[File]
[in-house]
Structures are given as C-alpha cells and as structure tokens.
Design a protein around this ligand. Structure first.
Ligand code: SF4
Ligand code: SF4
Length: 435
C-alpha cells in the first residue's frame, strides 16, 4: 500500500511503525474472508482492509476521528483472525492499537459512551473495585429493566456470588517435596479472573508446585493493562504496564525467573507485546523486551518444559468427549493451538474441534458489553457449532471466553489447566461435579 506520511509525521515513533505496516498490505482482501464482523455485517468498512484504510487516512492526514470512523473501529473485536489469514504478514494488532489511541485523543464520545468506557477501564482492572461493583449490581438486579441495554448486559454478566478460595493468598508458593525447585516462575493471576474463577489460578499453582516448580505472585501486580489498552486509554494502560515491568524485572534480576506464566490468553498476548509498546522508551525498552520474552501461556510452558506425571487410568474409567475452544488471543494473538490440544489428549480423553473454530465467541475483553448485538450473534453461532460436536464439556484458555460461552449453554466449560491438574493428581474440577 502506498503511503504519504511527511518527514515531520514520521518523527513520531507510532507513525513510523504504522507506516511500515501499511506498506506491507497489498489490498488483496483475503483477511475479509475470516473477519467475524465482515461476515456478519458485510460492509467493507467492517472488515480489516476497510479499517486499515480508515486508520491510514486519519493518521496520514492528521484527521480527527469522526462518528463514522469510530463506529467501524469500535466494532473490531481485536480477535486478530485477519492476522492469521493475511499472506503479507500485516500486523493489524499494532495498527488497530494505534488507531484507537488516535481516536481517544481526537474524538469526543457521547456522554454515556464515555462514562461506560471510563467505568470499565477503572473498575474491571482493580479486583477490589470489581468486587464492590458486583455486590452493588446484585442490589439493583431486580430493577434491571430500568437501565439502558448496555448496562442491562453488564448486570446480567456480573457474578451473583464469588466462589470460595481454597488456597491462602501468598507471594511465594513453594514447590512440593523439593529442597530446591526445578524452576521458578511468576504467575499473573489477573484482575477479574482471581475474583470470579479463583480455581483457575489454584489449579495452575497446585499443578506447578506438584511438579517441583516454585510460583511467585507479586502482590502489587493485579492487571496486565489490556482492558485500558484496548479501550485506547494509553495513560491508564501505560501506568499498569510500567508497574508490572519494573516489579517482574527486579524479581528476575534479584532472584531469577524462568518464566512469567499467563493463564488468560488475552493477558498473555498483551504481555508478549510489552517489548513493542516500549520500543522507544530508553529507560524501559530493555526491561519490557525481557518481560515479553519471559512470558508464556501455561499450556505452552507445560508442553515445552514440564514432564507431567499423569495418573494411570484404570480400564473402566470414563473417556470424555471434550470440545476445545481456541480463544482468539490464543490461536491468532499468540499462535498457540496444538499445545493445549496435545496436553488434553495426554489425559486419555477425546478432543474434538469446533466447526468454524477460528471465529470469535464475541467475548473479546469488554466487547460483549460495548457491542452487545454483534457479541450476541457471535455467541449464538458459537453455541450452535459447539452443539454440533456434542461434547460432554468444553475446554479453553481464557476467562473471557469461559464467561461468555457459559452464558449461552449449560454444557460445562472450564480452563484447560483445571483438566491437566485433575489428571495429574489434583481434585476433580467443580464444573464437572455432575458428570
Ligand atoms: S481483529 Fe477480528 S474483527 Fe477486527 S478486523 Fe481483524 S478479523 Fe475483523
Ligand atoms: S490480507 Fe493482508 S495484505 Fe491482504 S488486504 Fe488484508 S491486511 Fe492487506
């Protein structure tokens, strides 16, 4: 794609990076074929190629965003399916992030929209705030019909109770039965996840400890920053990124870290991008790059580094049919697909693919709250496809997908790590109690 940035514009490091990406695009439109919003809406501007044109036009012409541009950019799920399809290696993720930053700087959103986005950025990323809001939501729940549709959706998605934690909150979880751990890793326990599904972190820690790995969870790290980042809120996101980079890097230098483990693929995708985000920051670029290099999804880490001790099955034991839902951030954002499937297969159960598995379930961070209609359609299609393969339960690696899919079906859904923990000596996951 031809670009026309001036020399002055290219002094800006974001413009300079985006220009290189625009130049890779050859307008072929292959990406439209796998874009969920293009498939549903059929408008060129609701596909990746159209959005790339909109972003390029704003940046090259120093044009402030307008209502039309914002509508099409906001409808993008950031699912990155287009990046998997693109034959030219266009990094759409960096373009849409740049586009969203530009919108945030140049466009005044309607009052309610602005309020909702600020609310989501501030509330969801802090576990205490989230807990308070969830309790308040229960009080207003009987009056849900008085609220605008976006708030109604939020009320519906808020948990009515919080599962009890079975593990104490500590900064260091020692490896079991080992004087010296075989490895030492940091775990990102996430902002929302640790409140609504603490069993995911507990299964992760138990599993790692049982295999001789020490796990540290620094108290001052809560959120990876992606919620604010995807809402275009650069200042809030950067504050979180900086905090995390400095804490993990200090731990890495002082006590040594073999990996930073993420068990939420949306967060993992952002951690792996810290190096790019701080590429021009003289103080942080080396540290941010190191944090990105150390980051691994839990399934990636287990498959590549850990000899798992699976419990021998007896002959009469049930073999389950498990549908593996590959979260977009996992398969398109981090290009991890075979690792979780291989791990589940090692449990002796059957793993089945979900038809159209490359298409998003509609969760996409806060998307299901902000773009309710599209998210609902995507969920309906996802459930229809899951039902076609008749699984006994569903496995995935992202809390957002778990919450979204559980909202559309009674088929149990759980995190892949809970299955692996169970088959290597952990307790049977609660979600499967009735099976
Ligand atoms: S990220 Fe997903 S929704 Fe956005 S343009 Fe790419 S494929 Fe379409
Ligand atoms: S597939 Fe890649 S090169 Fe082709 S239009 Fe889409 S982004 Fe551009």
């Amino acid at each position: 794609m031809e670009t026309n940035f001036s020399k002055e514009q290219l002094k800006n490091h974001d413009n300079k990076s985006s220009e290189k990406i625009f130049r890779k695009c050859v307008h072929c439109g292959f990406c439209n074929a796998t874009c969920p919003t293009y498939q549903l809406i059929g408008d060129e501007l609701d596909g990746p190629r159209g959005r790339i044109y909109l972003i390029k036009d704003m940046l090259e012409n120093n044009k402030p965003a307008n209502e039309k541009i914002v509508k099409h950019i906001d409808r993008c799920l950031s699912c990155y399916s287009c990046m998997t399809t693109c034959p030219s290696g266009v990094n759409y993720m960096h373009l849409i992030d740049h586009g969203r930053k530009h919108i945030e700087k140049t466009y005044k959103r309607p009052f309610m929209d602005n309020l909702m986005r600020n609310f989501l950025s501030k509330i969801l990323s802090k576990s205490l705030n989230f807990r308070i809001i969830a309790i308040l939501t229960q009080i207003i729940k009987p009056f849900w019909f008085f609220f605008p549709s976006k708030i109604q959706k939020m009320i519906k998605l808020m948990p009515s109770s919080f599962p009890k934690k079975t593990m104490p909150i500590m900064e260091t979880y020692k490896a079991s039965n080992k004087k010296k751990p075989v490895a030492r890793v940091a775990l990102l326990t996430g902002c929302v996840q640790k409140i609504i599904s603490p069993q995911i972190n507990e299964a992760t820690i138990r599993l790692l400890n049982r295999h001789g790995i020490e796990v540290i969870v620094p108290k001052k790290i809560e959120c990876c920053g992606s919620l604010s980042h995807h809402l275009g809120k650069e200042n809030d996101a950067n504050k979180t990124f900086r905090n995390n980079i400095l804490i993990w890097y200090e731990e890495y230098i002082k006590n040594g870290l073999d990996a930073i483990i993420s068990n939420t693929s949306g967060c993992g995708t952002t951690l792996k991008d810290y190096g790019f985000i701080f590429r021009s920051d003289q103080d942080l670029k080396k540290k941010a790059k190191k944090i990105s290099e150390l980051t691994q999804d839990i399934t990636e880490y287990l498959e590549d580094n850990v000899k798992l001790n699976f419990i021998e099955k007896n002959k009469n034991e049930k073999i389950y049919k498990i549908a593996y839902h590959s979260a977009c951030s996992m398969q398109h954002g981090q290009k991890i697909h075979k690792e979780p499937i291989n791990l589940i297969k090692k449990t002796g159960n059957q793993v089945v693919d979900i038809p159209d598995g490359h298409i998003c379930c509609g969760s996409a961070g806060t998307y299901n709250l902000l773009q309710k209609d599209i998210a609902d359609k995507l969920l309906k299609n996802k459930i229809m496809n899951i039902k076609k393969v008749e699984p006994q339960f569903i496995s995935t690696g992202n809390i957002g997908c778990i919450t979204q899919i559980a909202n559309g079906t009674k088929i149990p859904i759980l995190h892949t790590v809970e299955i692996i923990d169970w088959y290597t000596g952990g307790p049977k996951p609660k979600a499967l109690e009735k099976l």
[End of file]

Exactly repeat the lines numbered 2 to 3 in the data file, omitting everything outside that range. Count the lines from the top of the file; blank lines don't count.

Structures are given as C-alpha cells and as structure tokens.
Design a protein around this ligand. Structure first.